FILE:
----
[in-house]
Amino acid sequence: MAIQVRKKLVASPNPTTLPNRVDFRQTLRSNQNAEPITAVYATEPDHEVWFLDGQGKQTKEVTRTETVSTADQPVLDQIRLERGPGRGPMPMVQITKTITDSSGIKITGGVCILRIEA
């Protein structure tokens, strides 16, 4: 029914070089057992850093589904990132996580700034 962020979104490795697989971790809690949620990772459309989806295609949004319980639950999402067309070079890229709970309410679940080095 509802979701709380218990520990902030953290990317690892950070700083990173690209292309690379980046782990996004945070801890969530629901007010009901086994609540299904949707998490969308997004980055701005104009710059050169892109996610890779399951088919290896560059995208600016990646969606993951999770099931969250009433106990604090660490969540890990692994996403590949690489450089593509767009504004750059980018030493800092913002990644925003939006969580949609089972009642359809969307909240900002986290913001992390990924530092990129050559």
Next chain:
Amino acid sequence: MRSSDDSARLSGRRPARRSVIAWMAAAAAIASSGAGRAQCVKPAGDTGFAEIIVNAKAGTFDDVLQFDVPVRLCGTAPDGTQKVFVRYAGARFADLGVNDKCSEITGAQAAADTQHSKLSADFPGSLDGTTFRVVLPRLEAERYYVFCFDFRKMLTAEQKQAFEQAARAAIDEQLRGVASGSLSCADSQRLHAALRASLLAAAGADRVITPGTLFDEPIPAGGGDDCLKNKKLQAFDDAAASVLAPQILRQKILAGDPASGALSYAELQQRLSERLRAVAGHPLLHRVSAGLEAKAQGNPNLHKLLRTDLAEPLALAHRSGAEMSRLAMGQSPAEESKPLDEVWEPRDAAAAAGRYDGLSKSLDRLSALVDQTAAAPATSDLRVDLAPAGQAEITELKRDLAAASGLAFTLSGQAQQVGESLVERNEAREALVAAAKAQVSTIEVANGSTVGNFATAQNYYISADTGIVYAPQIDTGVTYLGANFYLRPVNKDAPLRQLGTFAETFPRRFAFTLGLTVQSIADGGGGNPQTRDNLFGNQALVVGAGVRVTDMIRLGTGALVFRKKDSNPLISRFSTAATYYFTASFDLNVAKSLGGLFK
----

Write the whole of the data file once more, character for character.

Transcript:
[in-house]
Amino acid sequence: MAIQVRKKLVASPNPTTLPNRVDFRQTLRSNQNAEPITAVYATEPDHEVWFLDGQGKQTKEVTRTETVSTADQPVLDQIRLERGPGRGPMPMVQITKTITDSSGIKITGGVCILRIEA
């Protein structure tokens, strides 16, 4: 029914070089057992850093589904990132996580700034 962020979104490795697989971790809690949620990772459309989806295609949004319980639950999402067309070079890229709970309410679940080095 509802979701709380218990520990902030953290990317690892950070700083990173690209292309690379980046782990996004945070801890969530629901007010009901086994609540299904949707998490969308997004980055701005104009710059050169892109996610890779399951088919290896560059995208600016990646969606993951999770099931969250009433106990604090660490969540890990692994996403590949690489450089593509767009504004750059980018030493800092913002990644925003939006969580949609089972009642359809969307909240900002986290913001992390990924530092990129050559």
Next chain:
Amino acid sequence: MRSSDDSARLSGRRPARRSVIAWMAAAAAIASSGAGRAQCVKPAGDTGFAEIIVNAKAGTFDDVLQFDVPVRLCGTAPDGTQKVFVRYAGARFADLGVNDKCSEITGAQAAADTQHSKLSADFPGSLDGTTFRVVLPRLEAERYYVFCFDFRKMLTAEQKQAFEQAARAAIDEQLRGVASGSLSCADSQRLHAALRASLLAAAGADRVITPGTLFDEPIPAGGGDDCLKNKKLQAFDDAAASVLAPQILRQKILAGDPASGALSYAELQQRLSERLRAVAGHPLLHRVSAGLEAKAQGNPNLHKLLRTDLAEPLALAHRSGAEMSRLAMGQSPAEESKPLDEVWEPRDAAAAAGRYDGLSKSLDRLSALVDQTAAAPATSDLRVDLAPAGQAEITELKRDLAAASGLAFTLSGQAQQVGESLVERNEAREALVAAAKAQVSTIEVANGSTVGNFATAQNYYISADTGIVYAPQIDTGVTYLGANFYLRPVNKDAPLRQLGTFAETFPRRFAFTLGLTVQSIADGGGGNPQTRDNLFGNQALVVGAGVRVTDMIRLGTGALVFRKKDSNPLISRFSTAATYYFTASFDLNVAKSLGGLFK